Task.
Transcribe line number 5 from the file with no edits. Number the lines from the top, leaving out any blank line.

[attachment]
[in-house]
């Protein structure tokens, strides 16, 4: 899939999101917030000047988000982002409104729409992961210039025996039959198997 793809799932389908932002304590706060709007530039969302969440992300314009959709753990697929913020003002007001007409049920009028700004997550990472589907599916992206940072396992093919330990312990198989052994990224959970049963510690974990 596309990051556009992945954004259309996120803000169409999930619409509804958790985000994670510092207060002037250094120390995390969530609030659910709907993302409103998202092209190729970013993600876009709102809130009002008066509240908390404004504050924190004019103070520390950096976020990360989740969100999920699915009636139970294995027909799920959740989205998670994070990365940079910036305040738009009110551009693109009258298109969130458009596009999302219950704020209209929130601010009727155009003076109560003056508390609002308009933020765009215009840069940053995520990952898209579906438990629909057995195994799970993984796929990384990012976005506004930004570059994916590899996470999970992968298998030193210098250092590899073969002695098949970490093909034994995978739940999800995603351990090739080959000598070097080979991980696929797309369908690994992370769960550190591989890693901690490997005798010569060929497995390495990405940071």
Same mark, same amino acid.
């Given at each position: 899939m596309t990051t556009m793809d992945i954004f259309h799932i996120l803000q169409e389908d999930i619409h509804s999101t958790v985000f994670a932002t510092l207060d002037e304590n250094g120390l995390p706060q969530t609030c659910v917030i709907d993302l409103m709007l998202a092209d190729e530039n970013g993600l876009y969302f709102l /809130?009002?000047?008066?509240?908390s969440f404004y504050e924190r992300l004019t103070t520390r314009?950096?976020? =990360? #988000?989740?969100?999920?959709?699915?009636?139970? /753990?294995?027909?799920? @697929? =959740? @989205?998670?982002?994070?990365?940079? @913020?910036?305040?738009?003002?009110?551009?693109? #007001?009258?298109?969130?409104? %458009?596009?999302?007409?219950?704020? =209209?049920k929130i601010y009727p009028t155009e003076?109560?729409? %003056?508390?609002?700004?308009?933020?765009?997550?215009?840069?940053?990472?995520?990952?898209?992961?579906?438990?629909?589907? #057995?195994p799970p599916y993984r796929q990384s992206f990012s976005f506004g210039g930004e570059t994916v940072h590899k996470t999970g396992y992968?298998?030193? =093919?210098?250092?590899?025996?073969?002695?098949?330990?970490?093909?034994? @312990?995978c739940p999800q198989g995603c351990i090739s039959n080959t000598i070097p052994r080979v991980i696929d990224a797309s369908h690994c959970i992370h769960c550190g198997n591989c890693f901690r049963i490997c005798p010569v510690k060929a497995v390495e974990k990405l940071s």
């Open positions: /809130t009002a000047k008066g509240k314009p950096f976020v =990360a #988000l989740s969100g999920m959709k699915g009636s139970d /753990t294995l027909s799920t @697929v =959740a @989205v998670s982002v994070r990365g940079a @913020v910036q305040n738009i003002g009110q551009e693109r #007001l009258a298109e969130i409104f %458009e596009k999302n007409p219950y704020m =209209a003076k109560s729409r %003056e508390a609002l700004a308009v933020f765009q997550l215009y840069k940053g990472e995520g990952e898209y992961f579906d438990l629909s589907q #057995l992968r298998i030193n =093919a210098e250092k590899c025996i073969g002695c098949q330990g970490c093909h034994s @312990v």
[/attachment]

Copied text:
């Open positions: /809130t009002a000047k008066g509240k314009p950096f976020v =990360a #988000l989740s969100g999920m959709k699915g009636s139970d /753990t294995l027909s799920t @697929v =959740a @989205v998670s982002v994070r990365g940079a @913020v910036q305040n738009i003002g009110q551009e693109r #007001l009258a298109e969130i409104f %458009e596009k999302n007409p219950y704020m =209209a003076k109560s729409r %003056e508390a609002l700004a308009v933020f765009q997550l215009y840069k940053g990472e995520g990952e898209y992961f579906d438990l629909s589907q #057995l992968r298998i030193n =093919a210098e250092k590899c025996i073969g002695c098949q330990g970490c093909h034994s @312990v």